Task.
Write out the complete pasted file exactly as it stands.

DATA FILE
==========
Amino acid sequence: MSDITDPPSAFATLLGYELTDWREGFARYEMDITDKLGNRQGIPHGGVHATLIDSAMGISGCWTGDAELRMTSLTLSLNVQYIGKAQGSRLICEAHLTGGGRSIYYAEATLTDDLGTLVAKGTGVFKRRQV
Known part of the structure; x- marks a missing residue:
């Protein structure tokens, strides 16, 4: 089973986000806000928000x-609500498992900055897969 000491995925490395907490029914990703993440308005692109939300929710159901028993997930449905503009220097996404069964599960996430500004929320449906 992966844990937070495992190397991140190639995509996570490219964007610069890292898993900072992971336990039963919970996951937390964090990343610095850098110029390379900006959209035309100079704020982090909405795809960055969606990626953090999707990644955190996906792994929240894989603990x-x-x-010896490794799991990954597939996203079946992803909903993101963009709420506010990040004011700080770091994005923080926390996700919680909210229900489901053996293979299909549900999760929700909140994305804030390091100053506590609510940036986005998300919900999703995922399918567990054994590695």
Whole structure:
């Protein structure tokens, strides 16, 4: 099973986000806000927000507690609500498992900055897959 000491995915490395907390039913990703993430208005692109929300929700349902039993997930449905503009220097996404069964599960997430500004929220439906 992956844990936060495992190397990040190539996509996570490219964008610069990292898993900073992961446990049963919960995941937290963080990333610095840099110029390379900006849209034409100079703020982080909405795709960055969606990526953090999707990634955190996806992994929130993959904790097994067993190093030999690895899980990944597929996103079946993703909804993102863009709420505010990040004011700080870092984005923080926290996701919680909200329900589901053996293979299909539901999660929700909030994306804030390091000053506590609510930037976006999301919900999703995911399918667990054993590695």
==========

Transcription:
Amino acid sequence: MSDITDPPSAFATLLGYELTDWREGFARYEMDITDKLGNRQGIPHGGVHATLIDSAMGISGCWTGDAELRMTSLTLSLNVQYIGKAQGSRLICEAHLTGGGRSIYYAEATLTDDLGTLVAKGTGVFKRRQV
Known part of the structure; x- marks a missing residue:
């Protein structure tokens, strides 16, 4: 089973986000806000928000x-609500498992900055897969 000491995925490395907490029914990703993440308005692109939300929710159901028993997930449905503009220097996404069964599960996430500004929320449906 992966844990937070495992190397991140190639995509996570490219964007610069890292898993900072992971336990039963919970996951937390964090990343610095850098110029390379900006959209035309100079704020982090909405795809960055969606990626953090999707990644955190996906792994929240894989603990x-x-x-010896490794799991990954597939996203079946992803909903993101963009709420506010990040004011700080770091994005923080926390996700919680909210229900489901053996293979299909549900999760929700909140994305804030390091100053506590609510940036986005998300919900999703995922399918567990054994590695």
Whole structure:
């Protein structure tokens, strides 16, 4: 099973986000806000927000507690609500498992900055897959 000491995915490395907390039913990703993430208005692109929300929700349902039993997930449905503009220097996404069964599960997430500004929220439906 992956844990936060495992190397990040190539996509996570490219964008610069990292898993900073992961446990049963919960995941937290963080990333610095840099110029390379900006849209034409100079703020982080909405795709960055969606990526953090999707990634955190996806992994929130993959904790097994067993190093030999690895899980990944597929996103079946993703909804993102863009709420505010990040004011700080870092984005923080926290996701919680909200329900589901053996293979299909539901999660929700909030994306804030390091000053506590609510930037976006999301919900999703995911399918667990054993590695």